In the year 1567, William Salesbury had translated his version into Welsh under the title; Lliver Gweddi Gyffredin. Back in those days Parliament was Biblically minded and Westminster had given Salesbury the deadline of 1 March 1567 (St David’s Day) to publish his translation. Sadly that deadline was missed. The Book of Common Prayer and Psalms into Welsh did not appear until May 6. But it was not without its opponents.

Anger had outburst by opponents of the Welsh tongue, and people had aggressively demanded that the translation be utterly abandoned. But such opposition was unfruitful. Salesbury did not give in.

Lliver Gweddi Gyffredin was published on 6 May 1567. But Salesbury was the translator, not the author.

Cranmer’s original Book of Common Prayer had been a work of absolute genius and Christian devotion. Rather than divide the Church, Cranmer sought to unify her through Scripture and Prayer.

Cranmer’s prayer book is a very special gift and people would always do well to read it. The Book of Common Prayer and Psalms is a monumental work that has echoed on through the centuries and has fed the Church of God with Scripture, through with Prayer.

It is not a book of ‘prayers’, it is a book of prayer. We need more of that today, perhaps more now than ever.

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William Salesbury’s 500th Anniversary

William Salesbury St Asaph © 2020 Simon Peter Sutherland2020 marks the 400th anniversary of the Welsh Bible and the 500th anniversary of the traditional birthdate of Welsh New Testament translator William Salesbury.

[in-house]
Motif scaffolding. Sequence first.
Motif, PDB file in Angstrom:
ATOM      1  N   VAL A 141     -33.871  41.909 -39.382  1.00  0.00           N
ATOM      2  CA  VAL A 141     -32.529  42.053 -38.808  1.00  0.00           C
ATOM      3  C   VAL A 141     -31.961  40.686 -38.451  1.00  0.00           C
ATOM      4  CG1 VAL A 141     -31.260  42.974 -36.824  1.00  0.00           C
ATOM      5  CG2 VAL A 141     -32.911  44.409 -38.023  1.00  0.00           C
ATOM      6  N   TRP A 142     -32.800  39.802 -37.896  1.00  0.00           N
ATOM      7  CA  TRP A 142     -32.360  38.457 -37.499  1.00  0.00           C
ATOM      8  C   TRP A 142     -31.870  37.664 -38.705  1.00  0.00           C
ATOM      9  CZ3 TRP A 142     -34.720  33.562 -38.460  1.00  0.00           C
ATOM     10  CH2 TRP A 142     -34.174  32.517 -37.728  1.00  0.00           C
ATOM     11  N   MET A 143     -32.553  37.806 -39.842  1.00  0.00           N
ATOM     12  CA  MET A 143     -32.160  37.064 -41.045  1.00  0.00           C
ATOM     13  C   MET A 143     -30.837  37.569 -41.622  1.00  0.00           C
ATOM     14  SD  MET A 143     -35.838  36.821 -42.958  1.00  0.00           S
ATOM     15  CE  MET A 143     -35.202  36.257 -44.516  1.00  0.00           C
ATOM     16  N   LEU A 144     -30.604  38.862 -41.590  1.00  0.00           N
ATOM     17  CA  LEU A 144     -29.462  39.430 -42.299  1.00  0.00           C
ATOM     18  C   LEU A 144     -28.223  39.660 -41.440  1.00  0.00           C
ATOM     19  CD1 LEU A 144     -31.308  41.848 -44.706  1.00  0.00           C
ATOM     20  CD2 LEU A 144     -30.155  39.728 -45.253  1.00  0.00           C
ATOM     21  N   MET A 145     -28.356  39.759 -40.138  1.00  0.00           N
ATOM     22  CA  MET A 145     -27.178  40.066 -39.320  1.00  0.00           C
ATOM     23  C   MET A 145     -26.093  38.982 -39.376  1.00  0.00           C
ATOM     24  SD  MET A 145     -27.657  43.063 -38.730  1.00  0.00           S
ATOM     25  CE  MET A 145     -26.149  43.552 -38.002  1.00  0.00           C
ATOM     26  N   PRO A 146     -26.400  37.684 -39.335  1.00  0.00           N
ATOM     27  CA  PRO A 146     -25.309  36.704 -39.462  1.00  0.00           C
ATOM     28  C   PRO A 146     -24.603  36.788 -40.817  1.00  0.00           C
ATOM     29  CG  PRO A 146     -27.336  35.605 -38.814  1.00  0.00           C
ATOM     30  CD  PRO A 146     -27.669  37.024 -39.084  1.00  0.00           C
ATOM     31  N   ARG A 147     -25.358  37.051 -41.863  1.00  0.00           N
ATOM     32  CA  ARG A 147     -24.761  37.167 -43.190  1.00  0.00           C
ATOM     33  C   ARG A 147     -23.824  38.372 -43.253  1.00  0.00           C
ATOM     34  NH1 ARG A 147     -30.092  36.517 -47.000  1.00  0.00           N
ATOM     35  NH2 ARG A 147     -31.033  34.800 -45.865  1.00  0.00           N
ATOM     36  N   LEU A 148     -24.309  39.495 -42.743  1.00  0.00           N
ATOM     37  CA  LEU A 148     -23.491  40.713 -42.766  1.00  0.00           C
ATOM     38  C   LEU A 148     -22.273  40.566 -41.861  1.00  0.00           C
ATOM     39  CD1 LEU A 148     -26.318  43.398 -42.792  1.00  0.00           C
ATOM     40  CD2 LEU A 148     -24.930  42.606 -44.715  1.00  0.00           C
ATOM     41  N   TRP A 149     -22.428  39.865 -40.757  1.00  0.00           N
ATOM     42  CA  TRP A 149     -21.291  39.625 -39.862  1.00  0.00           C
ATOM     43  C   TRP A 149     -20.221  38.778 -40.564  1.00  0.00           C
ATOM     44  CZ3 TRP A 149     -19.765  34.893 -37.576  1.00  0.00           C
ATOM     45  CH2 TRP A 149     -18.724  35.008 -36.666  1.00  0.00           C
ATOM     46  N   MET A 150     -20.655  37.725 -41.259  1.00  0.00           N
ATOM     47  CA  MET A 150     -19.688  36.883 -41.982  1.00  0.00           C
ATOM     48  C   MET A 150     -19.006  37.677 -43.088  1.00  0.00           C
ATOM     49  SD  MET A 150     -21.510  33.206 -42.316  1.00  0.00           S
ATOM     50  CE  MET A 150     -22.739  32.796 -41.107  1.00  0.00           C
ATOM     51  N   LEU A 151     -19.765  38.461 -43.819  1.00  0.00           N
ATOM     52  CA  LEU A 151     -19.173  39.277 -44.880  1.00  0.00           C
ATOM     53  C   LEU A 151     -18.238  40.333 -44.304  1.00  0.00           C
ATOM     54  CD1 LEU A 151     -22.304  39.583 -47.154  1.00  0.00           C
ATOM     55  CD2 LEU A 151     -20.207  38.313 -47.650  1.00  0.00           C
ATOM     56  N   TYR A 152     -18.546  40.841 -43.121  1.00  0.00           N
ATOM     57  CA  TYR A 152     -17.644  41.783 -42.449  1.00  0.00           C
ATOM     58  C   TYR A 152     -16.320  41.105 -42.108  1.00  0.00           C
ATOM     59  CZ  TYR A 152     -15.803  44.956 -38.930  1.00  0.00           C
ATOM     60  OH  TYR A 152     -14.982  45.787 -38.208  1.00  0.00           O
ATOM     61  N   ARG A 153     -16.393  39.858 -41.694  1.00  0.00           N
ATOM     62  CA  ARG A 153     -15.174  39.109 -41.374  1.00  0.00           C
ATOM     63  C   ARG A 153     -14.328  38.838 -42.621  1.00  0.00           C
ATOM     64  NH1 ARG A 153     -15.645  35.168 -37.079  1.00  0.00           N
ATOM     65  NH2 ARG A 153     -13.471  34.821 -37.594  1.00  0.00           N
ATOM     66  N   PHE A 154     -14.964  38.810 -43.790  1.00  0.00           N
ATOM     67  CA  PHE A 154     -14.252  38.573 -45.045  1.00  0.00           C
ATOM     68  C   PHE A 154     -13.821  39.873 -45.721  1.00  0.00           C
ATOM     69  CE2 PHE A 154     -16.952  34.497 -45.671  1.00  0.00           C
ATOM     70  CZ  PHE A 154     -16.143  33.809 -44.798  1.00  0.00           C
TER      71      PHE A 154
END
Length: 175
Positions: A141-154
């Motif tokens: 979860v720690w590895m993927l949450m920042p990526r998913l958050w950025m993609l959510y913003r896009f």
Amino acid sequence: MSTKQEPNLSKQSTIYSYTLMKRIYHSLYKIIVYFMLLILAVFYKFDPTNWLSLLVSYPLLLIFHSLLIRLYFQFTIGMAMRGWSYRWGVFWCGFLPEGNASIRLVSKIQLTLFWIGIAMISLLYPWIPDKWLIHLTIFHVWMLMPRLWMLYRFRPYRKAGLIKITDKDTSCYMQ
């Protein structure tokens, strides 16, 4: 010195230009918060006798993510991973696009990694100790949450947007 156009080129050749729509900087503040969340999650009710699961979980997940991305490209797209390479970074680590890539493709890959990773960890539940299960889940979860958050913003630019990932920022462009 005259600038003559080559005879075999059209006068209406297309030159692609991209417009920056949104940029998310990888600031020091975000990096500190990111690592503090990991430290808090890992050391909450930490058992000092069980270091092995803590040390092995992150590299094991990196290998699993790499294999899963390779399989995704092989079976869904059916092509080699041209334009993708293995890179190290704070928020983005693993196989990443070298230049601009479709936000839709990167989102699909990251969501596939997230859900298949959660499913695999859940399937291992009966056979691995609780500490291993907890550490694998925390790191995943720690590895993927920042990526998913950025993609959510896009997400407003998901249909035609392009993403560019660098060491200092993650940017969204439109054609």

According to tradition, William Salesbury was born in 1520 and died sometime around 1580 or 1584. He was from a small town in North Wales and became one of the greatest scholars and Christian hero’s Wales has ever known.

He became an Oxford scholar and withdrew into seclusion during the reign of Mary Tudor between 1553-1558. In 1567 he published a Welsh translation of the New Testament which became the foundation for the 1588 Welsh Bible by Bishop William Morgan.

2020 also marks the 400th anniversary of 1620 Revision of the Welsh Bible by Bishop Richard Parry and Dr John Davies and events around Wales will be held to commemorate this event.

My documentary “William Salesbury, The Man from Lllansannan” marks the dawn of my journey into the history of the Church in Wales and Welsh Christian history. This documentary is my contribution to the life and legacy of this most excellent and dedicated Christian man. Of whom Wales owes so much.

Throughout the Bible, people read, spoke and heard people speak in their own languages. Jesus read the Scriptures in Hebrew, one of His own languages (Luke 4: 16). At Pentecost, the people were confounded because they heard people speak in their own languages (Acts 2: 6). The Apostles and New Testament authors wrote in languages people could understand and the early Church translated them into the common tongue.

Let us remember those who were once in great need of reading the Scriptures in their own languages and remember those who gave their lives and dedication to seeing the most important Book in the world translated into the common tongue.